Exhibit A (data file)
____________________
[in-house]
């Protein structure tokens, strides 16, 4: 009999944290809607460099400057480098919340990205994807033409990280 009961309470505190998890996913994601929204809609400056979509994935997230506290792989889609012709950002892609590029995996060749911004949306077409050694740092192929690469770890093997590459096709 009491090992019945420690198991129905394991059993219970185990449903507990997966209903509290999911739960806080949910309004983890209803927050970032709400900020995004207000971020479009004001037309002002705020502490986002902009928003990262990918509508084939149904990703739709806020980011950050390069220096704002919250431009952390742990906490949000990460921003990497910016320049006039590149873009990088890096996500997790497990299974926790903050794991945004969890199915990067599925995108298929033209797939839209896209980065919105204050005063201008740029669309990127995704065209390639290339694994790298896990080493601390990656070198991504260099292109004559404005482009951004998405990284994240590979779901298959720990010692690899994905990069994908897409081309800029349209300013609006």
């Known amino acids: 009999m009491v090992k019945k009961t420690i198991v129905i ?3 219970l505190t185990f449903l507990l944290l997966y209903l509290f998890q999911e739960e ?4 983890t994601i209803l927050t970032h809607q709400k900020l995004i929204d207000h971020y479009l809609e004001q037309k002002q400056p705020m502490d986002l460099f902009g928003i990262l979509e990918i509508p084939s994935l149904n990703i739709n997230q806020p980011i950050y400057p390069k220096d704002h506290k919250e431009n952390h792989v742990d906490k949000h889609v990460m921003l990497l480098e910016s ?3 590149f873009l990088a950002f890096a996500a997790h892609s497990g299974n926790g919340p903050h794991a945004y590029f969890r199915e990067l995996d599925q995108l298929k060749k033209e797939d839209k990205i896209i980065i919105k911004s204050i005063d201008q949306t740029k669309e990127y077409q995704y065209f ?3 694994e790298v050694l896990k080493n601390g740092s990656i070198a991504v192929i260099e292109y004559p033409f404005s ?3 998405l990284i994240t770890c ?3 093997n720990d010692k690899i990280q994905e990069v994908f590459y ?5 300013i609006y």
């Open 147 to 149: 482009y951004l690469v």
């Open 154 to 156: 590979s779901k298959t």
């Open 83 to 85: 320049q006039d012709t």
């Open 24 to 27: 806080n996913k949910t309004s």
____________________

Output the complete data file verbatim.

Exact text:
[in-house]
């Protein structure tokens, strides 16, 4: 009999944290809607460099400057480098919340990205994807033409990280 009961309470505190998890996913994601929204809609400056979509994935997230506290792989889609012709950002892609590029995996060749911004949306077409050694740092192929690469770890093997590459096709 009491090992019945420690198991129905394991059993219970185990449903507990997966209903509290999911739960806080949910309004983890209803927050970032709400900020995004207000971020479009004001037309002002705020502490986002902009928003990262990918509508084939149904990703739709806020980011950050390069220096704002919250431009952390742990906490949000990460921003990497910016320049006039590149873009990088890096996500997790497990299974926790903050794991945004969890199915990067599925995108298929033209797939839209896209980065919105204050005063201008740029669309990127995704065209390639290339694994790298896990080493601390990656070198991504260099292109004559404005482009951004998405990284994240590979779901298959720990010692690899994905990069994908897409081309800029349209300013609006």
């Known amino acids: 009999m009491v090992k019945k009961t420690i198991v129905i ?3 219970l505190t185990f449903l507990l944290l997966y209903l509290f998890q999911e739960e ?4 983890t994601i209803l927050t970032h809607q709400k900020l995004i929204d207000h971020y479009l809609e004001q037309k002002q400056p705020m502490d986002l460099f902009g928003i990262l979509e990918i509508p084939s994935l149904n990703i739709n997230q806020p980011i950050y400057p390069k220096d704002h506290k919250e431009n952390h792989v742990d906490k949000h889609v990460m921003l990497l480098e910016s ?3 590149f873009l990088a950002f890096a996500a997790h892609s497990g299974n926790g919340p903050h794991a945004y590029f969890r199915e990067l995996d599925q995108l298929k060749k033209e797939d839209k990205i896209i980065i919105k911004s204050i005063d201008q949306t740029k669309e990127y077409q995704y065209f ?3 694994e790298v050694l896990k080493n601390g740092s990656i070198a991504v192929i260099e292109y004559p033409f404005s ?3 998405l990284i994240t770890c ?3 093997n720990d010692k690899i990280q994905e990069v994908f590459y ?5 300013i609006y």
């Open 147 to 149: 482009y951004l690469v």
């Open 154 to 156: 590979s779901k298959t």
């Open 83 to 85: 320049q006039d012709t």
């Open 24 to 27: 806080n996913k949910t309004s």